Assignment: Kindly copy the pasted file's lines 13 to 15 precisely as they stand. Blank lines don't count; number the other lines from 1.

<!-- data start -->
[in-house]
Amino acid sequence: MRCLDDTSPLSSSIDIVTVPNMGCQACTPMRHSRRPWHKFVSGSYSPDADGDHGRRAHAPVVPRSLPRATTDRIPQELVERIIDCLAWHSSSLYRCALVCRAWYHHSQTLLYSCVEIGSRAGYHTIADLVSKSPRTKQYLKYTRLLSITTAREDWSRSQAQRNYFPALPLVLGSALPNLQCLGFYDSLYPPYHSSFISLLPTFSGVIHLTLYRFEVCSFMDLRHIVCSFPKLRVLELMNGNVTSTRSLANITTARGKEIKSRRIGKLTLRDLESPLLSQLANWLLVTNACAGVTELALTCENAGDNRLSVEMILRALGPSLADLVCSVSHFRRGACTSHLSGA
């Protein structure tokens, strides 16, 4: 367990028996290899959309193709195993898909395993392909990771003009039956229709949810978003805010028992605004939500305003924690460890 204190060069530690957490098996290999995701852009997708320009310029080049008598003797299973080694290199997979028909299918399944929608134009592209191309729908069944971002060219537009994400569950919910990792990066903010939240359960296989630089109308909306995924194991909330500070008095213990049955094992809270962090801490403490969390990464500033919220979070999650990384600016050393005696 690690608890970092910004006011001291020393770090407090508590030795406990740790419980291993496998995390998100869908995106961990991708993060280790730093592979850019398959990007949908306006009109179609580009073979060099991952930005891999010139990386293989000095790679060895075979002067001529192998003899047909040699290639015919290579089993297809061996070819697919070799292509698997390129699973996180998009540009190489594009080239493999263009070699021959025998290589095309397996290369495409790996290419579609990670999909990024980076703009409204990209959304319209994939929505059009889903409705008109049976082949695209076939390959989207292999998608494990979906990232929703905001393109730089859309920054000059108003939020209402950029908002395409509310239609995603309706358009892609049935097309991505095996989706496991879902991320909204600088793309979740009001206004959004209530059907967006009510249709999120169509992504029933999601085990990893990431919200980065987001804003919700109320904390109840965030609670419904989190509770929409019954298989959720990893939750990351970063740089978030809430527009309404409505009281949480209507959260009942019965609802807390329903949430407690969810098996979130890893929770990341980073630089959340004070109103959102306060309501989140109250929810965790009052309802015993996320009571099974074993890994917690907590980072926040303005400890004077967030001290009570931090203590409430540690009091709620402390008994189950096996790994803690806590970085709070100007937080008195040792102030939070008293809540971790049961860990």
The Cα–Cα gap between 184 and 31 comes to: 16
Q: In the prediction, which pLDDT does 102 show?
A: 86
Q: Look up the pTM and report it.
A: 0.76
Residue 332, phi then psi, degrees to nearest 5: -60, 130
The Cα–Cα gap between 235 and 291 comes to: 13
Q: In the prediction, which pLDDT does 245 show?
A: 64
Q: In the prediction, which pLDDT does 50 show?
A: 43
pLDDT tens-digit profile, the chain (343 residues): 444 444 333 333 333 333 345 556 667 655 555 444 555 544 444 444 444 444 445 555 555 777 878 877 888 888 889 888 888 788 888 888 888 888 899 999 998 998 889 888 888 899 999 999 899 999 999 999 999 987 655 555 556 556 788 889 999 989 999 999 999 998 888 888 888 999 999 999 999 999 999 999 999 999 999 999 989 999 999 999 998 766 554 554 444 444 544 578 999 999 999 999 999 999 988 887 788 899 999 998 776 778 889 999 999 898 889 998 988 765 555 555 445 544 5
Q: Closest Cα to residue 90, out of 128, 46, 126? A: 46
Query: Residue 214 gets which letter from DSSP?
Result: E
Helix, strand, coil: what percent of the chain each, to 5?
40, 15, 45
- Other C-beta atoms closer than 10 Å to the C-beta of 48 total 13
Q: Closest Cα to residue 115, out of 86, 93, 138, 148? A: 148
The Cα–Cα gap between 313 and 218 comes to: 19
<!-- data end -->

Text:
Q: In the prediction, which pLDDT does 50 show?
A: 43
pLDDT tens-digit profile, the chain (343 residues): 444 444 333 333 333 333 345 556 667 655 555 444 555 544 444 444 444 444 445 555 555 777 878 877 888 888 889 888 888 788 888 888 888 888 899 999 998 998 889 888 888 899 999 999 899 999 999 999 999 987 655 555 556 556 788 889 999 989 999 999 999 998 888 888 888 999 999 999 999 999 999 999 999 999 999 999 989 999 999 999 998 766 554 554 444 444 544 578 999 999 999 999 999 999 988 887 788 899 999 998 776 778 889 999 999 898 889 998 988 765 555 555 445 544 5